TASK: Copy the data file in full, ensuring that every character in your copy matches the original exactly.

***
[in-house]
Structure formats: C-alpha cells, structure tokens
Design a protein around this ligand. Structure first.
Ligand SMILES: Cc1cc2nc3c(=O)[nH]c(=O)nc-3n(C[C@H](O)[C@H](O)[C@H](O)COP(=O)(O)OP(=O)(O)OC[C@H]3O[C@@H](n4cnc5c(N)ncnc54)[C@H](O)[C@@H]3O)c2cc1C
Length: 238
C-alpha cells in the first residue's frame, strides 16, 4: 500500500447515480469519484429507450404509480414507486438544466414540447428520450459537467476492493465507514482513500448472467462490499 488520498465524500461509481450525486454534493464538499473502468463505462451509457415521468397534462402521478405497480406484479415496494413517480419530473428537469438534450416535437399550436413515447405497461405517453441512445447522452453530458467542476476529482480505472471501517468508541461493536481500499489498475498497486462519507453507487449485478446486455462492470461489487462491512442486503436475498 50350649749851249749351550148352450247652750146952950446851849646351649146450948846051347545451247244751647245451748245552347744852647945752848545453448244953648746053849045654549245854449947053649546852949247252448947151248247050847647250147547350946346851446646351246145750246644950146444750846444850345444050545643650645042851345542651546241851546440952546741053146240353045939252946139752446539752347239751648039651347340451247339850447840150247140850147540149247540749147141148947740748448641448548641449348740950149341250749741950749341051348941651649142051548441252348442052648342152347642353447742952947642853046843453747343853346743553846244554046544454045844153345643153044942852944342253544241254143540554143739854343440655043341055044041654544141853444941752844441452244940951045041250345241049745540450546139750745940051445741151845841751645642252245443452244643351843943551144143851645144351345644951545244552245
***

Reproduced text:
[in-house]
Structure formats: C-alpha cells, structure tokens
Design a protein around this ligand. Structure first.
Ligand SMILES: Cc1cc2nc3c(=O)[nH]c(=O)nc-3n(C[C@H](O)[C@H](O)[C@H](O)COP(=O)(O)OP(=O)(O)OC[C@H]3O[C@@H](n4cnc5c(N)ncnc54)[C@H](O)[C@@H]3O)c2cc1C
Length: 238
C-alpha cells in the first residue's frame, strides 16, 4: 500500500447515480469519484429507450404509480414507486438544466414540447428520450459537467476492493465507514482513500448472467462490499 488520498465524500461509481450525486454534493464538499473502468463505462451509457415521468397534462402521478405497480406484479415496494413517480419530473428537469438534450416535437399550436413515447405497461405517453441512445447522452453530458467542476476529482480505472471501517468508541461493536481500499489498475498497486462519507453507487449485478446486455462492470461489487462491512442486503436475498 50350649749851249749351550148352450247652750146952950446851849646351649146450948846051347545451247244751647245451748245552347744852647945752848545453448244953648746053849045654549245854449947053649546852949247252448947151248247050847647250147547350946346851446646351246145750246644950146444750846444850345444050545643650645042851345542651546241851546440952546741053146240353045939252946139752446539752347239751648039651347340451247339850447840150247140850147540149247540749147141148947740748448641448548641449348740950149341250749741950749341051348941651649142051548441252348442052648342152347642353447742952947642853046843453747343853346743553846244554046544454045844153345643153044942852944342253544241254143540554143739854343440655043341055044041654544141853444941752844441452244940951045041250345241049745540450546139750745940051445741151845841751645642252245443452244643351843943551144143851645144351345644951545244552245